Trichloroethane: a colorless sweet-smelling liquid also used as a solvent. ATSDR reports, "some of the industries that discharge 1,1,2-trichloroethane are the timber products industry, plastics and synthetics industry, and laundries. Limited data show that 1,1,2-trichloroethane is present in a quarter to a half of city air samples... Surveys found 1,1,2-trichloroethane in well water in Wisconsin, New Jersey, Rhode Island, and Suffolk County, New York"

Other important environmental factors include social influences such as scapegoating, prejudice, poverty, overcrowded living conditions, chronic negativism (media), job insecurity, commercial media bombardment, marital problems, man-made and natural disasters, racism and violence against women, children and the aged, wars, disease, etc. To this list we may add tobacco, alcohol and drugs. Need we wonder why so many people are overwhelmed with anxiety and depression?

Activism & Hope

When I talk with similar-minded people, I find many who lament the decrease in or absence of activism throughout the nation. To be active is to be hopeful and the lack of thereof contributes to their hopelessness. What I believe they fail to realize is that activism is alive and well. The activism on college campuses today involves education rather than protest, and according to Jennifer M. Berkely and Martin Lieberman of Brandeis University in "Whither Activism", is reactive rather than proactive. Students are involved, for example, with the Pepsi boycott revolving around Pepsi's presence in Burma, the Jewish social action of building a better world called Tikkun Olam, the boycott of Nike products as a consequence of their treatment of workers in the Third World, etc.

College students today have new means of activism. E-mail and the Internet have transformed physical participation in demonstrations and sitins into virtual action, i.e. networking and communicating with individuals world-wide in order to consolidate power and distribute information when and where it will be most effective. In an article entitled, "The New Activism: How Today's College Students Become Politically Connected", Derek Willis writes about Saint Michael's College in Colchester, Vermont where sophomore Jon DeForge is using the electronic discussion as a form of activism revolving around higher education funding.

I am beginning believe that it is the older folks who are resistant to change, those that have in the past perhaps been more active. At the same time, some of their anxiety is caused by their non-involvement with the changing world and the new tools of activism. As a teacher, I often see and hear my colleagues refuse to learn how to use new tools, i.e. become computer literate and proficient using the Internet. Yet, they expect their students to learn what they teach.

I am convinced that there is more activism by people in general and young people in particular than meets the eye. Some evidence includes the incredibly quick defeat of the so-called Presidential Fast Track Authority, the success of United Parcel Service strike and most notably but quickly forgotten banishment of Republican Contract on America into oblivion.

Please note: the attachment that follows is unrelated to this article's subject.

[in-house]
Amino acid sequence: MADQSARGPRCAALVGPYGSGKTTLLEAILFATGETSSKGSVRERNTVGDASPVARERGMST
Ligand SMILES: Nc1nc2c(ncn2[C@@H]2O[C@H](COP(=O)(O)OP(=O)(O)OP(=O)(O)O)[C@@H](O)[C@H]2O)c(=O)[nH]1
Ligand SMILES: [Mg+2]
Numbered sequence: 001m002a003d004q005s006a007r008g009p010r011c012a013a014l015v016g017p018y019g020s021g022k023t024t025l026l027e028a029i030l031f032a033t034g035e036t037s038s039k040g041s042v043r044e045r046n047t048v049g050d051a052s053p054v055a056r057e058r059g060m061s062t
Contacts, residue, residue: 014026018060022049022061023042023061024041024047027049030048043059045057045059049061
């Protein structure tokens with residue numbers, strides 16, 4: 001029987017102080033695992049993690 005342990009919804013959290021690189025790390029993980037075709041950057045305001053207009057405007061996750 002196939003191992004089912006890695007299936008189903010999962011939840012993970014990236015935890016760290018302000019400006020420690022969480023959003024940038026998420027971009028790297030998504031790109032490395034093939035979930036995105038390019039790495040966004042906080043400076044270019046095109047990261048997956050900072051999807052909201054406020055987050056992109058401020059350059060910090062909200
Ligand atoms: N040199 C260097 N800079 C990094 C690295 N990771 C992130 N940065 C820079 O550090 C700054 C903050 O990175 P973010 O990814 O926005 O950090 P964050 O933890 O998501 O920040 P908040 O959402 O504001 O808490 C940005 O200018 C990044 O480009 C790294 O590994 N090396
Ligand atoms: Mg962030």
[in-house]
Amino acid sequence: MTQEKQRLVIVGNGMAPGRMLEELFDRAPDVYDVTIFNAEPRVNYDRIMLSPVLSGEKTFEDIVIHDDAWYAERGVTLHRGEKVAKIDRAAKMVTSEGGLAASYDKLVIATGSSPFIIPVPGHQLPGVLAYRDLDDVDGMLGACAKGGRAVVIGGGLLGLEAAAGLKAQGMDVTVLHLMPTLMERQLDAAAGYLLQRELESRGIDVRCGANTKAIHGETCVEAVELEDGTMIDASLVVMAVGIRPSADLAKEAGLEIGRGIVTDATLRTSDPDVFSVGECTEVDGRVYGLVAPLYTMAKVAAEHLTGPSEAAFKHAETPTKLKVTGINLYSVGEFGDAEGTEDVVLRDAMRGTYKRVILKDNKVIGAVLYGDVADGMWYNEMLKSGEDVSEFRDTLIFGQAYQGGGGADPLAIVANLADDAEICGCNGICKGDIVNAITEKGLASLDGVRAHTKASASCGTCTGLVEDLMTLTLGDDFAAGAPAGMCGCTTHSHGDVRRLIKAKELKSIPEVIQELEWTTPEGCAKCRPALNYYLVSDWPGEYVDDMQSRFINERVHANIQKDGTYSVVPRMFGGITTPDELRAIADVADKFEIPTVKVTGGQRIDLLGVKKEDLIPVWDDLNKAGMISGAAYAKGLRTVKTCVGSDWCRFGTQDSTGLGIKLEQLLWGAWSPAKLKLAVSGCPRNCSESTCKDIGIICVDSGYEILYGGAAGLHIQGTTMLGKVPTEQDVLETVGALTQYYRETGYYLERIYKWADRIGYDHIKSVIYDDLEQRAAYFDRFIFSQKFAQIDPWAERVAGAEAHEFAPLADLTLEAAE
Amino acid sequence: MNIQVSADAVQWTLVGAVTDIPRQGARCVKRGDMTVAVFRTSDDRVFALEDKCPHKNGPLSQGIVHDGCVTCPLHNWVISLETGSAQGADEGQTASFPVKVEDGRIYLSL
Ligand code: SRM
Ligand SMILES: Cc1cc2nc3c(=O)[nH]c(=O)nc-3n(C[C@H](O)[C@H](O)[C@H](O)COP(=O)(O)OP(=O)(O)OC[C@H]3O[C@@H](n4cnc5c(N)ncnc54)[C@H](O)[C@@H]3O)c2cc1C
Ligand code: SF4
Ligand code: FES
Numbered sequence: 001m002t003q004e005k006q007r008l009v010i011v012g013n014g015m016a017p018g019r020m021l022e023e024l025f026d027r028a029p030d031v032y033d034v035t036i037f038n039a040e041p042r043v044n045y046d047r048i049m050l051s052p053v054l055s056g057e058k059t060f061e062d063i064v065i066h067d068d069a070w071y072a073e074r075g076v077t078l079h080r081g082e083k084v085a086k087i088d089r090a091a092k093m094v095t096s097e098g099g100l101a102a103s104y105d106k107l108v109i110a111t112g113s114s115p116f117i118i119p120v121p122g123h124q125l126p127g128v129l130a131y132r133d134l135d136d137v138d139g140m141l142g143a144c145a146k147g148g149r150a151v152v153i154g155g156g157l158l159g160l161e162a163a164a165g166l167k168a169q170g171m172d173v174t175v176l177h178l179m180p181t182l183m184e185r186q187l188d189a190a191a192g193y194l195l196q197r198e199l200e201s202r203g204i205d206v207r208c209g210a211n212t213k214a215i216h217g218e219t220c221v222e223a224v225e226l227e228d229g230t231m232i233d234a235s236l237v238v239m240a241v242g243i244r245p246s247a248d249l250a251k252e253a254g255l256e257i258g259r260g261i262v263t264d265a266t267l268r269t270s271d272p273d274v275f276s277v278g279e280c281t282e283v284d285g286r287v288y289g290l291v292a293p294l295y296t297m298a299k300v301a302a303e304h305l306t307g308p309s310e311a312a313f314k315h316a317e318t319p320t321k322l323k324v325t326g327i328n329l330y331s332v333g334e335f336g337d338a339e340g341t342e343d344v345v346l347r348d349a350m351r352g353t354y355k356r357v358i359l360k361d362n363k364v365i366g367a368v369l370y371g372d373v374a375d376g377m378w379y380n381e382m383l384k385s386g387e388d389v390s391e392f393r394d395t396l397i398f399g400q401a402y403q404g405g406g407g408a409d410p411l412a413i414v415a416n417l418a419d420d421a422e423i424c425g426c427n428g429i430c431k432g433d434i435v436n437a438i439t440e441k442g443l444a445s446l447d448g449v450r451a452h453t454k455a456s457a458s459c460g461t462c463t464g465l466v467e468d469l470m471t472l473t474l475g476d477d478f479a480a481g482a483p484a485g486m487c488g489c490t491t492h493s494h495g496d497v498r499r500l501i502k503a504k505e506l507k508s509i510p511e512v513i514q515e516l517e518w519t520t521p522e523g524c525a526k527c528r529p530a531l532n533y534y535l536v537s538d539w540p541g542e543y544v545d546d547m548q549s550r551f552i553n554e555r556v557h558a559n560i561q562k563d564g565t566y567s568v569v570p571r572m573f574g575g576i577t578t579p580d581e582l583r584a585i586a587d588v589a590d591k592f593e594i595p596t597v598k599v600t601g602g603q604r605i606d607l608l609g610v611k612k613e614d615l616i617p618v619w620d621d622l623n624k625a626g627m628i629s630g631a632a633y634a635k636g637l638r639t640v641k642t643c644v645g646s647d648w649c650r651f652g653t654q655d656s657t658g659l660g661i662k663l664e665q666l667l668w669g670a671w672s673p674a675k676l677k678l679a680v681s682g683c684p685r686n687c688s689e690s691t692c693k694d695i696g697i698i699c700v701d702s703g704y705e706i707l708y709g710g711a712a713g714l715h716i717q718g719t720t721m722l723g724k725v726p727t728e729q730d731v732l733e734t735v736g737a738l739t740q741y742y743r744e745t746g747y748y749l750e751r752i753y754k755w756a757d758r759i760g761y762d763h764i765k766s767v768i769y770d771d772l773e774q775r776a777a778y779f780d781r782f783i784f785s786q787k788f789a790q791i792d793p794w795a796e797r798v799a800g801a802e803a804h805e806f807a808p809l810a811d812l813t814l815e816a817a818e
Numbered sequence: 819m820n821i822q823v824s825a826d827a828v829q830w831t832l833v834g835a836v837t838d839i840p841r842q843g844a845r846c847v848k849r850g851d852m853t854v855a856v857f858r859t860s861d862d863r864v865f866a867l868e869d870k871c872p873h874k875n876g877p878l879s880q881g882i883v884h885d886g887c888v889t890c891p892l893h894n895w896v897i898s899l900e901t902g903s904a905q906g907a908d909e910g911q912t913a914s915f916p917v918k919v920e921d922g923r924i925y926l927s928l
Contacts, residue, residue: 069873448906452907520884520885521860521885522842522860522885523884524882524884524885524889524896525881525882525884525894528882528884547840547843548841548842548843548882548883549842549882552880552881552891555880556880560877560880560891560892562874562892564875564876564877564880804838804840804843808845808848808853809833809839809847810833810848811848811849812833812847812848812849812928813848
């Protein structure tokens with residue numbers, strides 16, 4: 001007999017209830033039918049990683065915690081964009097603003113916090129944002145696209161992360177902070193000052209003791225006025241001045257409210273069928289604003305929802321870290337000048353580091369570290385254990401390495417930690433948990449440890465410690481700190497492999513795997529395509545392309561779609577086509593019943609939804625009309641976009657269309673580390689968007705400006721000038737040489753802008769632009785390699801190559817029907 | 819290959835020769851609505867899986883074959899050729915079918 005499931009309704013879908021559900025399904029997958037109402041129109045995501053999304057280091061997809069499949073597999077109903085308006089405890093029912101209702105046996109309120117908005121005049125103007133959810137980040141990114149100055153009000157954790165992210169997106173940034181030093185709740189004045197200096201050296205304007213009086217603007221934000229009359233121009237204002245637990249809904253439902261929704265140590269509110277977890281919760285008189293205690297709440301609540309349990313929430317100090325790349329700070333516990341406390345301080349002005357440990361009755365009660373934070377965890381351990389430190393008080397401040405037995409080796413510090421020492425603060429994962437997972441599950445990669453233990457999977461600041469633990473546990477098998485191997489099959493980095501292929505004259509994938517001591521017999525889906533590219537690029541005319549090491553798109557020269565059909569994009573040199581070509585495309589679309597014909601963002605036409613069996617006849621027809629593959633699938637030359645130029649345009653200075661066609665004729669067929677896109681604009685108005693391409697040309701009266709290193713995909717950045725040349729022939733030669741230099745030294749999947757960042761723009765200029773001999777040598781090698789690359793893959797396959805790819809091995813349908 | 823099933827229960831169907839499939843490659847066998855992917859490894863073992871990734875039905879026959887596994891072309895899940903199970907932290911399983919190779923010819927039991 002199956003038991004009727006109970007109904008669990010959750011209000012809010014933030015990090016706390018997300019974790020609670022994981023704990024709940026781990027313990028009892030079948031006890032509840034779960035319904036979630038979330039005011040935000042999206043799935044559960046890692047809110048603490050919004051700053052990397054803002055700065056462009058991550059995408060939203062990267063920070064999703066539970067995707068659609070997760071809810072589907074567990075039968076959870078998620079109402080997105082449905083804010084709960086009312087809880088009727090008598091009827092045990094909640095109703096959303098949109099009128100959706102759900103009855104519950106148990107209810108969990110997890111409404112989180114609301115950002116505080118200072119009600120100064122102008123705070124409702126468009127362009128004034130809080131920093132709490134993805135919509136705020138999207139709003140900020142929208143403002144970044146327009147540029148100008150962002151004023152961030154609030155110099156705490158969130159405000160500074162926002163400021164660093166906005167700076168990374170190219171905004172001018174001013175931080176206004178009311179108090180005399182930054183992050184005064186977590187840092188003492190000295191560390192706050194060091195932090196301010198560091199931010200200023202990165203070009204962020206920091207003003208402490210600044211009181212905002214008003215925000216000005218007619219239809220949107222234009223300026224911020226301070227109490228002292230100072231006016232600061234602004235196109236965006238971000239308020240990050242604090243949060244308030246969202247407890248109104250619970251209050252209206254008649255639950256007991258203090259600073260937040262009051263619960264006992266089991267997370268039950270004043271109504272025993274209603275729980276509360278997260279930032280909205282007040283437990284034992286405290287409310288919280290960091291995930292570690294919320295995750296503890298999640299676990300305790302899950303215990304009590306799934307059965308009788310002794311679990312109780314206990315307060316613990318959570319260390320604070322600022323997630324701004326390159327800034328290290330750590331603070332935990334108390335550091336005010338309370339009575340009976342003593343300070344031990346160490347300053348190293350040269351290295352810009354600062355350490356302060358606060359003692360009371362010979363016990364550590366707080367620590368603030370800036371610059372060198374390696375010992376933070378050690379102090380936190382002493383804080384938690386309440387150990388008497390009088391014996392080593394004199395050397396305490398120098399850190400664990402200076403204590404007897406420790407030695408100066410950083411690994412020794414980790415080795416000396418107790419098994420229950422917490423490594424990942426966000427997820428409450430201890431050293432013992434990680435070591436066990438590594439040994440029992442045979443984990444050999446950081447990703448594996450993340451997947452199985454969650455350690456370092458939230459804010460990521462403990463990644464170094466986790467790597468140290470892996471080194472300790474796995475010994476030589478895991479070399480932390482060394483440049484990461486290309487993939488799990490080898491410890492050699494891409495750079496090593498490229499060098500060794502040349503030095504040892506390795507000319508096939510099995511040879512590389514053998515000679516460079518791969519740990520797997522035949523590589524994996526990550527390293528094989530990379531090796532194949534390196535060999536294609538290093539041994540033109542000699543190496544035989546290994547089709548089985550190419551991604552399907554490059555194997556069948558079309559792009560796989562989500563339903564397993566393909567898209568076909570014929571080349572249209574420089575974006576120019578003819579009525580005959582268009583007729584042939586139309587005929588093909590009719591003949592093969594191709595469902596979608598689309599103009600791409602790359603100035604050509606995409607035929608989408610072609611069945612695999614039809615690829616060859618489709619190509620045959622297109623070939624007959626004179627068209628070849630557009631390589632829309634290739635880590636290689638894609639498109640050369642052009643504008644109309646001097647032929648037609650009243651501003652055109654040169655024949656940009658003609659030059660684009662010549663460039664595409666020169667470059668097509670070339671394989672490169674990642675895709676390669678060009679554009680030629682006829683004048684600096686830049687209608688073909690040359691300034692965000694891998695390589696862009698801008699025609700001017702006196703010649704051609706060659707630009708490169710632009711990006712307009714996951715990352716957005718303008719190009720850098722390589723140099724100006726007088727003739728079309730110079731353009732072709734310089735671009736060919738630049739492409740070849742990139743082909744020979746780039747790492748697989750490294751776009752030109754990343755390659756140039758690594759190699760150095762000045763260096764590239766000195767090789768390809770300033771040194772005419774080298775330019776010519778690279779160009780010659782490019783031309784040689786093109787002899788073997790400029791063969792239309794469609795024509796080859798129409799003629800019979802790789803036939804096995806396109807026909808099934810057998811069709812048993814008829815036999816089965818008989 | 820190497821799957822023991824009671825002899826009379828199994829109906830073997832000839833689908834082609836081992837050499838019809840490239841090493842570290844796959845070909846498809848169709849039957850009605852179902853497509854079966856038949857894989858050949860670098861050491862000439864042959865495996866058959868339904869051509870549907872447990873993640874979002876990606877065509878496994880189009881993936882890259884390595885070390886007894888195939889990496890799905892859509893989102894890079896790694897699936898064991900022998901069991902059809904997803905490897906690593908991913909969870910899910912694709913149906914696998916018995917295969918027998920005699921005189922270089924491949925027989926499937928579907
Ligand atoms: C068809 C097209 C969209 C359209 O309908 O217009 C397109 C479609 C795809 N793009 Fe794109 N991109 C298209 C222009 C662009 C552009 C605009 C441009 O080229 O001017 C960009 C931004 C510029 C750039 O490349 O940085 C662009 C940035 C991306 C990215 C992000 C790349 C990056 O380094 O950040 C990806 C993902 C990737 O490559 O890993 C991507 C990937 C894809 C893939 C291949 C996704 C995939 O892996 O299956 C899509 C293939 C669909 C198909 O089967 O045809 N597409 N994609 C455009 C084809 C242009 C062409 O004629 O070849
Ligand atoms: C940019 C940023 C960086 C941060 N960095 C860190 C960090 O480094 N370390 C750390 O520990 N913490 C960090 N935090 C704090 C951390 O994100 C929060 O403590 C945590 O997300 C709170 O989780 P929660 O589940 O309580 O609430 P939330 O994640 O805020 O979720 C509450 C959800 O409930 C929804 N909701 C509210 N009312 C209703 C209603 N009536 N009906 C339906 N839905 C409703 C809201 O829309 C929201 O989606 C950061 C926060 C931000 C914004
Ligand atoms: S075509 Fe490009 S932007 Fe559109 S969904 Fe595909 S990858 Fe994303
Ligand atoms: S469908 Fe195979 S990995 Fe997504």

I am hopeful that in the not-too-distant future, this activism of education and organization will respond on a massive global level to the excesses and pathology of capitalist finance and other causes of anxiety within the general population. Those of us who are older, rather than resign ourselves like the relative I described earlier in this issue, rather than buy a new pair of Nike sneakers because, "They are the only sneakers that fit", can refuse to place our feet into a shoe that contributes to the anxiety of the masses. That small step of activism leads to small hope and in turn to bigger activism and larger hope. One thing we can all do is refuse to accept that our depression is self-inflicted and instead deflect our anxiety onto the ruling power elite so that causes of the working people's overwhelmingness becomes their own. 1998 is as good a time as any. With that I offer my fond farewell to 1997.


Nearly everybody in their life needs somebody to help them. I don't care whether you're the greatest self-made man; The fact is, somebody has helped you along the way.

Sargent Shriver

Never doubt that a small group of thoughtful, committed citizens can change the world; indeed, it's the only thing that ever has.

Margaret Mead

In this country. . . men seem to live for action as long as they can and sink into apathy when they retire.

Charles Francis Adams

Everywhere in life, the true question is not what we gain, but what we do.

Thomas Carlyle

What you do speaks so loud that I cannot hear what you say.

Ralph Waldo Emerson


Agency for Toxic Substances and Disease Registry. "Depression." 
[ /cgi-bin/query-phs?text=depression &m=50&s=l
Internet, Accessed 30-December-97.

Berkely, Jennifer M. & Liberman, martin. "Whither Activism." 
Internet, 30-December-97.

Blackside, Inc. America's War on Poverty A Discussion and Viewer's Guide. In Service to America  
Internet, Accessed 29-December-97. "Main Menu." 
Internet. Accessed, 25-December-97.

Drug Infonet, Inc. Infolink The Internet Source for Healthcare Information. " Doctors' Answers to "Frequently Asked Questions" - Seratonin. 
Internet, Accessed 30-December-97.

Greider, William. One World, Ready or Not : The Manic Logic of

Global Capitalism. Simon and Schuster (New York: 1997), pp. 227.

Mander, Jerry and Goldsmith, Edward. The Case Against the Global Economy and for a Turn to the Local. Sierra Club Books (San Francisco, 1996. pp. 107.

National Alliance for the Mentally Ill. Policy and Legislative Information. "Mental Health Parity Act of 1996." 
Internet. Accessed, 25-December-97.

National Alliance for the Mentally Ill. National Alliance for the Mentally Ill. "Depression to Rise Worldwide, say WHO." 

Sanders, Bernie. The United States House of Representatives. "Just Say 'No' to the Asian Bailout". 
[ Pressrel/12-10-97.html
Internet. Accessed, 30-December-97.

University of Calgary, Canada. Research Story Index. "Depression: the common cold of mental illness". 
[ pubaff/Gazette/Stories/dozois.html
Internet. Accessed, 29-December-97.

Willis, Derek. The New Activism. "How today's college students become politically connected." 
[ active.htm
Internet. Accessed, 31-December-97.

1998 Jozef Hand-Boniakowski